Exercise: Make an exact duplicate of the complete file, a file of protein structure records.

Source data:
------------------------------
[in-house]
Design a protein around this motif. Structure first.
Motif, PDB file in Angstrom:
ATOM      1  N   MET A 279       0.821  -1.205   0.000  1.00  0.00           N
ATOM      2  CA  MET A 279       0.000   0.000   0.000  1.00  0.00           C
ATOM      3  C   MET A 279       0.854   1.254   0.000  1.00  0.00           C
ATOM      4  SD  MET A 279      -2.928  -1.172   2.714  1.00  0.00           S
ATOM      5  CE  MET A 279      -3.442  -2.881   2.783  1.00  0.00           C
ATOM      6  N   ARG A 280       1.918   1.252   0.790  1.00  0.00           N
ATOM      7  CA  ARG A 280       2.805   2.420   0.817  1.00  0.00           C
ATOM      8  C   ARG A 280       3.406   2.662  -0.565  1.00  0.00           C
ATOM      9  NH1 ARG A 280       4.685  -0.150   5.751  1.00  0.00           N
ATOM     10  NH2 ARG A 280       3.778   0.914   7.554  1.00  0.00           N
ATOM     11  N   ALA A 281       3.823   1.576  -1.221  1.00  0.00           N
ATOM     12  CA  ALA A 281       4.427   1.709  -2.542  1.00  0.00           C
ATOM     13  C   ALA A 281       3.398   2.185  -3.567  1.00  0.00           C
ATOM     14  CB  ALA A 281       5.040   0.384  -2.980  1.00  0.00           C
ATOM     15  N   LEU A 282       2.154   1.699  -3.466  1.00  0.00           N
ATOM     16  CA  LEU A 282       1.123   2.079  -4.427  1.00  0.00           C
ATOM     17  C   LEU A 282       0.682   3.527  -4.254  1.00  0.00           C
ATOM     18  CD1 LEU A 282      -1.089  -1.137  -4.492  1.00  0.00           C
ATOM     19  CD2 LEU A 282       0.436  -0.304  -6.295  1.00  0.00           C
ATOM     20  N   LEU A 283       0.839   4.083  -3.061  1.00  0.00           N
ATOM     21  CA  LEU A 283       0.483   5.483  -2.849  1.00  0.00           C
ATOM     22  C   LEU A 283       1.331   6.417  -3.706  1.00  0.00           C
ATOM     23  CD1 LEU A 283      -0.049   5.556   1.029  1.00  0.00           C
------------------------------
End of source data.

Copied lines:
[in-house]
Design a protein around this motif. Structure first.
Motif, PDB file in Angstrom:
ATOM      1  N   MET A 279       0.821  -1.205   0.000  1.00  0.00           N
ATOM      2  CA  MET A 279       0.000   0.000   0.000  1.00  0.00           C
ATOM      3  C   MET A 279       0.854   1.254   0.000  1.00  0.00           C
ATOM      4  SD  MET A 279      -2.928  -1.172   2.714  1.00  0.00           S
ATOM      5  CE  MET A 279      -3.442  -2.881   2.783  1.00  0.00           C
ATOM      6  N   ARG A 280       1.918   1.252   0.790  1.00  0.00           N
ATOM      7  CA  ARG A 280       2.805   2.420   0.817  1.00  0.00           C
ATOM      8  C   ARG A 280       3.406   2.662  -0.565  1.00  0.00           C
ATOM      9  NH1 ARG A 280       4.685  -0.150   5.751  1.00  0.00           N
ATOM     10  NH2 ARG A 280       3.778   0.914   7.554  1.00  0.00           N
ATOM     11  N   ALA A 281       3.823   1.576  -1.221  1.00  0.00           N
ATOM     12  CA  ALA A 281       4.427   1.709  -2.542  1.00  0.00           C
ATOM     13  C   ALA A 281       3.398   2.185  -3.567  1.00  0.00           C
ATOM     14  CB  ALA A 281       5.040   0.384  -2.980  1.00  0.00           C
ATOM     15  N   LEU A 282       2.154   1.699  -3.466  1.00  0.00           N
ATOM     16  CA  LEU A 282       1.123   2.079  -4.427  1.00  0.00           C
ATOM     17  C   LEU A 282       0.682   3.527  -4.254  1.00  0.00           C
ATOM     18  CD1 LEU A 282      -1.089  -1.137  -4.492  1.00  0.00           C
ATOM     19  CD2 LEU A 282       0.436  -0.304  -6.295  1.00  0.00           C
ATOM     20  N   LEU A 283       0.839   4.083  -3.061  1.00  0.00           N
ATOM     21  CA  LEU A 283       0.483   5.483  -2.849  1.00  0.00           C
ATOM     22  C   LEU A 283       1.331   6.417  -3.706  1.00  0.00           C
ATOM     23  CD1 LEU A 283      -0.049   5.556   1.029  1.00  0.00           C